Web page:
Landsat-Based Evaluation of Vegetation and Snow Around Hoh Glacier, Olympic National Park, Washington Between 1987 and 2022
Normalized Difference Vegetation Index (NDVI)
Normalized Difference Snow Index (NDSI)
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PublisherThe University of Arizona.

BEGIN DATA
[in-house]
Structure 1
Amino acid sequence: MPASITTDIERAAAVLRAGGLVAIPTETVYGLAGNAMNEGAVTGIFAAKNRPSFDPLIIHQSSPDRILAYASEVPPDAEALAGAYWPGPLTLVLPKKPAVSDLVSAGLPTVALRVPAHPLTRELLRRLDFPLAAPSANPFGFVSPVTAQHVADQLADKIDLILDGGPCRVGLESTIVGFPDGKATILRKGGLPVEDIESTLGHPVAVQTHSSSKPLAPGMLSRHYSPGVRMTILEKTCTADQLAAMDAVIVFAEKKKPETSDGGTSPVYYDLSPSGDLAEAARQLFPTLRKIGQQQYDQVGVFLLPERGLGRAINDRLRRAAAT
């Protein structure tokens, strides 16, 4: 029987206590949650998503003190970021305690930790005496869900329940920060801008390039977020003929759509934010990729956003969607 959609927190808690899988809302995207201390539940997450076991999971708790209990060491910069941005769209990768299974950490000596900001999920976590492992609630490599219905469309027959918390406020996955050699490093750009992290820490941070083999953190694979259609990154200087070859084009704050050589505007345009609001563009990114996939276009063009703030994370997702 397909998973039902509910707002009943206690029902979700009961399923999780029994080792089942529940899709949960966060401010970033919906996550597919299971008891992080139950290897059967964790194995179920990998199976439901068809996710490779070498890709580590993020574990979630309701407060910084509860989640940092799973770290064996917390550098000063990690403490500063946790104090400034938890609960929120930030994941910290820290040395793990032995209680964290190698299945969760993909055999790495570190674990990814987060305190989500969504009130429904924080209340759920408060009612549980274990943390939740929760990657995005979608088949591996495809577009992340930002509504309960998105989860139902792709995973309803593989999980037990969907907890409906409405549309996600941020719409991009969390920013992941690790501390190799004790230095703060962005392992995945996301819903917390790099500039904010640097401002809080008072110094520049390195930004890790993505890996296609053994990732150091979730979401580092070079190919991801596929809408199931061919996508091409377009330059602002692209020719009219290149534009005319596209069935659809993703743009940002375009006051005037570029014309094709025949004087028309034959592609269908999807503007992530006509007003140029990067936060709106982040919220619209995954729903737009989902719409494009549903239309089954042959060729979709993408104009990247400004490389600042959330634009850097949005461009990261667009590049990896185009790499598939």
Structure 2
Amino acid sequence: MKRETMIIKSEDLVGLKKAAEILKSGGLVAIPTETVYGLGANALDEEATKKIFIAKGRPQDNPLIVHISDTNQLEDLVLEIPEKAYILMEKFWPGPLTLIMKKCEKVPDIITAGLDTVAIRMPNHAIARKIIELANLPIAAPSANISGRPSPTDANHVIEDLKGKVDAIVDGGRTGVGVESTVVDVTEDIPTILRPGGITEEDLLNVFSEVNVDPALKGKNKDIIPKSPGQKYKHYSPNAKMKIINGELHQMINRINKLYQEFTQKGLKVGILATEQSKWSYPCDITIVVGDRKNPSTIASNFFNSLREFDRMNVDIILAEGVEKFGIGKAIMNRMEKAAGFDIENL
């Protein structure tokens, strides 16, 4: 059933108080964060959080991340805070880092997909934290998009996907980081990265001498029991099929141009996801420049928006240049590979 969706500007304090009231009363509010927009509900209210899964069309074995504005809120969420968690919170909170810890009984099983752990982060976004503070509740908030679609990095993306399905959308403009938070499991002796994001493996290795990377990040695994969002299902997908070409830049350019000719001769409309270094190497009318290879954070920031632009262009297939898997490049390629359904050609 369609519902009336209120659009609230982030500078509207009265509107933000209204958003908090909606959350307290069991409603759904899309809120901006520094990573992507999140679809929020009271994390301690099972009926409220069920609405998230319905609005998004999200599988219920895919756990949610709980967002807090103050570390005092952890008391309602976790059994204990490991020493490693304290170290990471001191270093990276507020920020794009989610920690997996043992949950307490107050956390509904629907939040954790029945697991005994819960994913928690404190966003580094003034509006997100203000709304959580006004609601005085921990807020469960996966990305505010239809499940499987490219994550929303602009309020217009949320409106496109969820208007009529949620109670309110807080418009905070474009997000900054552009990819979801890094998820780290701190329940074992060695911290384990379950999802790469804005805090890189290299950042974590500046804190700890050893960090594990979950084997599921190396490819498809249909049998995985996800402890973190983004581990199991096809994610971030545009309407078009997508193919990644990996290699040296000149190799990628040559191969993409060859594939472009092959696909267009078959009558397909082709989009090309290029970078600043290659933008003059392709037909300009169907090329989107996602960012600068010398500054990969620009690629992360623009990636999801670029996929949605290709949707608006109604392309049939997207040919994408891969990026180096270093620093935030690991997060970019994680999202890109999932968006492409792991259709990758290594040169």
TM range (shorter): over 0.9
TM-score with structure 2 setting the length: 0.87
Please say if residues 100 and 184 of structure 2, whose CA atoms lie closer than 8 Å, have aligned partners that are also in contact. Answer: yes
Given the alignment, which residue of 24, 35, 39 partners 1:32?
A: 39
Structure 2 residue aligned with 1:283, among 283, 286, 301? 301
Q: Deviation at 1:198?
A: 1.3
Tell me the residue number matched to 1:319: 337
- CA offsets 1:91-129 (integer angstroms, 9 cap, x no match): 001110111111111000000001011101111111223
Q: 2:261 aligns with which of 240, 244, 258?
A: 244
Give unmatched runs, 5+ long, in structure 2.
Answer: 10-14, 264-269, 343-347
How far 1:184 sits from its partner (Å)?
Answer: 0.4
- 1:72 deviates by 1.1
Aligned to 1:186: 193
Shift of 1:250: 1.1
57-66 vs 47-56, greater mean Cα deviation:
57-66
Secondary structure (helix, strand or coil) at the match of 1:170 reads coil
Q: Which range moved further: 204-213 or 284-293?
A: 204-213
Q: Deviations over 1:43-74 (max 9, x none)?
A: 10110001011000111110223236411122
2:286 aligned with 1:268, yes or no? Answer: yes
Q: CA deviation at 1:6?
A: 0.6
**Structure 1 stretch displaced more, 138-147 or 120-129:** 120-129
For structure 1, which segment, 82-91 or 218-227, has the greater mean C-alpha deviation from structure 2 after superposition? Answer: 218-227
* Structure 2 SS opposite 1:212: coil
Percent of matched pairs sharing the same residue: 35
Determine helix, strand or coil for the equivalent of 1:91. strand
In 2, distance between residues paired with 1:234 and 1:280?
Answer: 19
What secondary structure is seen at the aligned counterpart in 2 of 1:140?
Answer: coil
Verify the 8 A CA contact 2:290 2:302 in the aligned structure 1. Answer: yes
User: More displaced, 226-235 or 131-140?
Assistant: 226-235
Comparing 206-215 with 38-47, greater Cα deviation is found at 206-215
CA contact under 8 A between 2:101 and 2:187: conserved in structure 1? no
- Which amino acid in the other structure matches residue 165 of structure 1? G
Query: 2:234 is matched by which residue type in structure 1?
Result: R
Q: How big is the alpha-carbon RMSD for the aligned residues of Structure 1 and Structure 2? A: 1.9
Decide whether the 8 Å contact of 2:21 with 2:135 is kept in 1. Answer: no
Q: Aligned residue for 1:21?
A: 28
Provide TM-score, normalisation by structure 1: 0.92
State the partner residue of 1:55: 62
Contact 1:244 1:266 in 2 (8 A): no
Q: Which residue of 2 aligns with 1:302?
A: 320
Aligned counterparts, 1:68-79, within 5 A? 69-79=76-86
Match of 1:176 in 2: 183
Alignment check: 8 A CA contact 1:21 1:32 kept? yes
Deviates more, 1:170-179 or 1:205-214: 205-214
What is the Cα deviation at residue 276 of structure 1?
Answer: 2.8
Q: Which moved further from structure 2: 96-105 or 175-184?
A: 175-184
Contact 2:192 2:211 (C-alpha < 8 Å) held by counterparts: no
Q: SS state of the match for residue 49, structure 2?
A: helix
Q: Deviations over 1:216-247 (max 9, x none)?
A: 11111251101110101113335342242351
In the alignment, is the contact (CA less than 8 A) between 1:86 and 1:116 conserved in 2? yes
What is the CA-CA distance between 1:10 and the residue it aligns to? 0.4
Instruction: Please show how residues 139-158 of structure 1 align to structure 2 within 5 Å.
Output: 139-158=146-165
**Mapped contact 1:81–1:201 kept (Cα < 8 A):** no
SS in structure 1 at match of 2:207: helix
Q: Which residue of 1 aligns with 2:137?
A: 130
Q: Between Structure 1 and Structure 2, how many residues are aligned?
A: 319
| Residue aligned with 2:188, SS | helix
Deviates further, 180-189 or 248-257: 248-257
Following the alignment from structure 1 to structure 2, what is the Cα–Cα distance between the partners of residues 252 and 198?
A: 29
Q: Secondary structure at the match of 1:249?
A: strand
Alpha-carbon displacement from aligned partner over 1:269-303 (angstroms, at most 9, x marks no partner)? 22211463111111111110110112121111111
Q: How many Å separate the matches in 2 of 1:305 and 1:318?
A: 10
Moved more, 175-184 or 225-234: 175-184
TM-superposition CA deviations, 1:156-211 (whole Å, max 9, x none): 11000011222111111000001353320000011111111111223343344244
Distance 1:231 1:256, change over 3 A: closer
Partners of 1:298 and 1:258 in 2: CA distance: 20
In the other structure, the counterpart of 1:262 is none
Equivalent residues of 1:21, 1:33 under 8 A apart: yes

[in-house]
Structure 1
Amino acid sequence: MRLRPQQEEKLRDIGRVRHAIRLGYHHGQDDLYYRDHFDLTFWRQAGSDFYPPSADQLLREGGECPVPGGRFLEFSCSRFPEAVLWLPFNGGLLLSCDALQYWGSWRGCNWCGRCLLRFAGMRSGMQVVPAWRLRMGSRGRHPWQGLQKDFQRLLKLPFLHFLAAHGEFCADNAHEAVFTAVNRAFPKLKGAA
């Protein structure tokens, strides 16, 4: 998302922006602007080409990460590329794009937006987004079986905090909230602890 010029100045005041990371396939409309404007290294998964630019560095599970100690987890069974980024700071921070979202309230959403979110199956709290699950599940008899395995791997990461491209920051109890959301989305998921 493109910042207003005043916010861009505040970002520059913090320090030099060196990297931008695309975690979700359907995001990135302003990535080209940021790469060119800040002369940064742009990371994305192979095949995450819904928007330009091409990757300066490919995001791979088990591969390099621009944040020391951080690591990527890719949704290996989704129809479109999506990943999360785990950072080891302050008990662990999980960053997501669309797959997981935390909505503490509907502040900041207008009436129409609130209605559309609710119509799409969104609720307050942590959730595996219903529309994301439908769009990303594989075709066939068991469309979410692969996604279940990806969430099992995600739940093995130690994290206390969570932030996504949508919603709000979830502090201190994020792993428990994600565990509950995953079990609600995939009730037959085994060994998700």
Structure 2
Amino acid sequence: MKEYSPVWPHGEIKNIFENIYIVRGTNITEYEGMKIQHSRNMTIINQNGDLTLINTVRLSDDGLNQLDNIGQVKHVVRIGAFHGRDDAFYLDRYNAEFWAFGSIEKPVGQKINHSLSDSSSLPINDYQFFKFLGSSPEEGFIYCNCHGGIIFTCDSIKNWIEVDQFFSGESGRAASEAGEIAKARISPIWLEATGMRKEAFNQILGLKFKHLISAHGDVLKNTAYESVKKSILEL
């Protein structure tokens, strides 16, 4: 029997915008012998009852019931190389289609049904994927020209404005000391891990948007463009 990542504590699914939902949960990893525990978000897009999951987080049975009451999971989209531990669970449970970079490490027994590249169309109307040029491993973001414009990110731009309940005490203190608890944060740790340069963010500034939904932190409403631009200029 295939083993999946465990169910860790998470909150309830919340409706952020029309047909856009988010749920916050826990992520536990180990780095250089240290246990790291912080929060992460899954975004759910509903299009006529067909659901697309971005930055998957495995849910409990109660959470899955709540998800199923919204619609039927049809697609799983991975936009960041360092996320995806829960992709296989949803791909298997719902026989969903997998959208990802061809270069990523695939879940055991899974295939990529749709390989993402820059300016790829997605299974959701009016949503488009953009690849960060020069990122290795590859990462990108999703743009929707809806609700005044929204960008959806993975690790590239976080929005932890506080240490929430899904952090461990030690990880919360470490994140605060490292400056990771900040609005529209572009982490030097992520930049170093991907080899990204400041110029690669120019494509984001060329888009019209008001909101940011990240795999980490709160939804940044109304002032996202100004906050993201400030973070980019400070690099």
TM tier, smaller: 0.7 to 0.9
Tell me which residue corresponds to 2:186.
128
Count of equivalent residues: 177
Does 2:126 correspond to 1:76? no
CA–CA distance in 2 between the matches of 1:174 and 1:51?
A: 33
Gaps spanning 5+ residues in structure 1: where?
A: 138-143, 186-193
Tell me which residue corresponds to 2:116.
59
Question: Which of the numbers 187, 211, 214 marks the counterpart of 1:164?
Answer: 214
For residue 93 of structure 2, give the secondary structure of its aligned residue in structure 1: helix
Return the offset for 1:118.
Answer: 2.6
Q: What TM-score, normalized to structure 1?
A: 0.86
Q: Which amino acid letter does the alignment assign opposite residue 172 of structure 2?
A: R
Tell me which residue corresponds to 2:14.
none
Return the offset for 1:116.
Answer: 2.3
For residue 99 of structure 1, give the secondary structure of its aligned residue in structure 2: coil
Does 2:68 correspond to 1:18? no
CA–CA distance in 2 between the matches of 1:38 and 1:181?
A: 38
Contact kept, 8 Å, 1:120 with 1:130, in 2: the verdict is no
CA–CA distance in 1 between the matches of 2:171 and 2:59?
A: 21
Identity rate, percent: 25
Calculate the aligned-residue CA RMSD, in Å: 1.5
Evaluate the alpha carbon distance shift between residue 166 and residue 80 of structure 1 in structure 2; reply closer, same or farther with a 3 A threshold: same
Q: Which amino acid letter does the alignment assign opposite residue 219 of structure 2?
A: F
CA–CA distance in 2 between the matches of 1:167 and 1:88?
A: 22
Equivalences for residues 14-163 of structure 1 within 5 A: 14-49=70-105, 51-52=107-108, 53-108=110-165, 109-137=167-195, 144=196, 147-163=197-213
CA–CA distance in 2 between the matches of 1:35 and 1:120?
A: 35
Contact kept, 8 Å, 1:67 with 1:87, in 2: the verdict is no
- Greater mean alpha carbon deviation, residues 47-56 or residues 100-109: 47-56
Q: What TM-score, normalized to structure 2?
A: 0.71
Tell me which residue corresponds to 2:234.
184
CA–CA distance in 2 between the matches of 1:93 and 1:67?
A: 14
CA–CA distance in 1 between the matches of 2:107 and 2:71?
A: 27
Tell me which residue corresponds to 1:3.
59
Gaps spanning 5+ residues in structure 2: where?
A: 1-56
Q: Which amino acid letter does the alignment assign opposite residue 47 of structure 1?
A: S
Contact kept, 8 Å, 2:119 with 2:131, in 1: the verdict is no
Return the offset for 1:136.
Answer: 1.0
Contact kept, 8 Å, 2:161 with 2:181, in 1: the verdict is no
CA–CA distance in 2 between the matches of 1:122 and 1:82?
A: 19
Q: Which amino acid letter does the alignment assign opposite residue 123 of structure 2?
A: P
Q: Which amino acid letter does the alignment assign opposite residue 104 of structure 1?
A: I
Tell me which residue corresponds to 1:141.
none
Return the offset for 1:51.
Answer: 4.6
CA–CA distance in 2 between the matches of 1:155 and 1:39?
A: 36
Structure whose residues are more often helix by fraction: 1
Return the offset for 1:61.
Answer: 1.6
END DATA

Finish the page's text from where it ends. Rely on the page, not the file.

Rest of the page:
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AbstractGlaciers within the Olympic Mountains, Washington, occupy a significant role in local ecosystems by providing cold meltwater to feed rivers and forests downstream. Atop Mount Olympus, glaciers are fed by storm clouds inundated with moisture from the Pacific Ocean during the autumn, winter, and spring seasons. The Hoh Glacier, alongside the Blue and White Glaciers, provides cool meltwater during rain-starved summers to the Hoh Watershed, allowing keystone salmon and bull-trout populations to flourish. However, due to anthropogenic climate change, glaciers worldwide have receded or outright disappeared. The glaciers atop Mount Olympus are no exception to this global trend and are estimated to disappear by 2070. This project uses remote sensing to quantify how vegetation and snow cover around the Hoh Glacier have changed across 35-years in 5-year intervals starting in 1987 and concluding in 2022. Multispectral Landsat imagery of the watershed surrounding Hoh Glacier will be quantified and classified from the normalized difference vegetation index (NDVI) and the normalized difference snow index (NDSI). Land cover classified by NDVI revealed that barren, rocky, snowy terrain decreased over time while sparse vegetation increased. Through NDSI, land designated as possessing snow fell, while terrain which lacked snow increased between 1987 and 2022.